Wade powers Heat to halftime lead in Game 3

Associated Press
Miami Heat's Dwyane Wade goes up for a rebound during the first half of Game 3 of the NBA Finals basketball game against the Dallas Mavericks Sunday, June 5, 2011, in Dallas. (AP Photo/David J. Phillip; Pool)
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Miami Heat's Dwyane Wade goes up for a rebound during the first half of Game 3 of the NBA Finals basketball …

DALLAS (AP) — Dwyane Wade scored 19 points in another big performance in Dallas, powering the Miami Heat to a 47-42 lead over the Mavericks at halftime of Game 3 of the NBA finals on Sunday night.

Back on the floor where he celebrated an NBA title and captured the MVP award in 2006, Wade shot 8 of 13 from the field as Miami led by as many as 14 points.

After a late collapse Thursday cost them a 2-0 lead in the series, the Heat were in position to quickly regain control in what's been a pivotal game. In the 11 previous series that were tied 1-1, the Game 3 winner has won all of them since the 2-3-2 format was adopted.

LeBron James scored 10 points for the Heat, while Dirk Nowitzki and Jason Terry had 10 apiece for the Mavericks.

Dallas rallied from 15 points down in the final 7:14 of Game 2 to pull out a 95-93 victory on Nowitzki's layup with 3.6 seconds remaining, but the Heat were back to doing the things that worked so well for them through the first seven quarters of the series.

Creating turnovers that fueled their fast breaks, the Heat used a 9-2 run to seize a 45-31 lead with 3:03 remaining in the half. Wade scored the first seven points of that spurt, squeezing a 3-pointer in between two dunks.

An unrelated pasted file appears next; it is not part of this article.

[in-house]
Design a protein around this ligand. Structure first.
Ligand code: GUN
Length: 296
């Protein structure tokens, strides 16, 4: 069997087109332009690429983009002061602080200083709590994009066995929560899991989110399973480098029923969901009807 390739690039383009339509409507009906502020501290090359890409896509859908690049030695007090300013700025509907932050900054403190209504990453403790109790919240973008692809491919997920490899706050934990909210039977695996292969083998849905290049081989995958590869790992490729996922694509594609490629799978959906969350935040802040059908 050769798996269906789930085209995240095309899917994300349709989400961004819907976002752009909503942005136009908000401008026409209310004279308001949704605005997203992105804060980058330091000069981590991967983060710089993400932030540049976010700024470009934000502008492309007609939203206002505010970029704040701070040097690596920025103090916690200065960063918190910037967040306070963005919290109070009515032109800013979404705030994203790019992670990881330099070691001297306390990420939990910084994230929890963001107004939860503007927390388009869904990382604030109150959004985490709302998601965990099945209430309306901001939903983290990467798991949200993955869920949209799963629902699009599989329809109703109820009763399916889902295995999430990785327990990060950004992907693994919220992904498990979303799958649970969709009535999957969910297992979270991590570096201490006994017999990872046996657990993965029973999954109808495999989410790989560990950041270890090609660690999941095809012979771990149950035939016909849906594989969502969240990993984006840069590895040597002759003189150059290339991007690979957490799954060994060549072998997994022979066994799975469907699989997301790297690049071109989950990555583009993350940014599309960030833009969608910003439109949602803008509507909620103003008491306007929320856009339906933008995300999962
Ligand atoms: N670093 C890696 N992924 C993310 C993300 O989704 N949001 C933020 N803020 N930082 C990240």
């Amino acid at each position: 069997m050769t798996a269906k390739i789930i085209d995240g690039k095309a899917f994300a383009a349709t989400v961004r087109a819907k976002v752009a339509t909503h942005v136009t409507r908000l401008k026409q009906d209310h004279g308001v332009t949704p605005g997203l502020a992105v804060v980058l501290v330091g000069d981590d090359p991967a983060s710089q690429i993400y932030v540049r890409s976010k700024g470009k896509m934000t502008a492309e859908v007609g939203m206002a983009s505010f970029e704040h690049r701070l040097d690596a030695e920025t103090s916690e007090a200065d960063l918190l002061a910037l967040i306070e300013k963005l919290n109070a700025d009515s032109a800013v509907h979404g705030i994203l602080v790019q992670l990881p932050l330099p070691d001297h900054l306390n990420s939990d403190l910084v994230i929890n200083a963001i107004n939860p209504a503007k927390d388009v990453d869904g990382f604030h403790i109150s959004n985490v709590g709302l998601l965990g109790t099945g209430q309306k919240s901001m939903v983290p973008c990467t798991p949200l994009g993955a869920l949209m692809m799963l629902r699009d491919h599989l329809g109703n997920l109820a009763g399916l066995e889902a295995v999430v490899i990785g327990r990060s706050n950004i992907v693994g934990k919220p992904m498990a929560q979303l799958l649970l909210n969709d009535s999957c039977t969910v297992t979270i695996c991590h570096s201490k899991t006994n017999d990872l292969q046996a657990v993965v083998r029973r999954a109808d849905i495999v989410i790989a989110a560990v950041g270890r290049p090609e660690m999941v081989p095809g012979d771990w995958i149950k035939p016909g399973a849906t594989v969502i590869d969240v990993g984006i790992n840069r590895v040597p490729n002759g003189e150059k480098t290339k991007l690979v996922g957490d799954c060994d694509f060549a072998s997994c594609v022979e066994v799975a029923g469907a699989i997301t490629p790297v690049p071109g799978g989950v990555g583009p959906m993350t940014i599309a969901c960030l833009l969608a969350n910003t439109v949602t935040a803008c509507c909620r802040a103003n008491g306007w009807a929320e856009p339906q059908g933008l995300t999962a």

But they got only two free throws from there, allowing Dallas to chip away.

Nearly all the fans were dressed in their traditional blue shirts for the game, and one got an extra cheer when she was shown on the overhead video board holding a sign reading "Mavs - Do It for Cleveland Too."

Though James was cast in a villain role around the NBA after his televised departure from the Cavaliers last summer, Wade is the real bad guy to the fans in Dallas. He even was booed last year at Cowboys Stadium during the All-Star game, and he drew the loudest boos when the Miami starters were announced.

Then the lights were dimmed, glow-in-the-dark Thundersticks were released from the rafters, and the volume went way up as Nowitzki and the Mavs were introduced.

Dallas got the early jump, opening a 14-9 lead on DeShawn Stevenson's 3-pointer with 7:36 remaining in the first quarter. Chris Bosh remained on the court during the play after getting poked in the eye by Jason Kidd on a drive, and eventually got up and went to the sideline with some noticeable swelling of his left eyelid.

Bosh, playing in his hometown, came back in and made consecutive Miami baskets, including a three-point play that tied it at 18.

The Mavs were playing without backup center Brendan Haywood because of a right hip flexor, and third stringer Ian Mahinmi quickly picked up three fouls.

The Heat contributed to their collapse in Game 2 by settling for too many deep jumpers late in the shot clock down the stretch, instead of James and Wade penetrating into the lane.

"The most important thing is we get back to our identity, which is to be an aggressive, attacking team," Heat coach Erik Spoelstra said before the game.

James vowed to be, having attempted only six free throws through the first two games, and he bulled his way to the rim on consecutive possessions in the final minute of the first quarter, throwing down a powerful dunk on the first and drawing a foul on the second. That gave the Heat a four-point lead, and Mario Chalmers tossed in a 36-footer at the buzzer to make it 29-22.

He made another 3-pointer to open the second, and Bosh followed with two free throws to make it 34-22.

Game 4 is Tuesday night.

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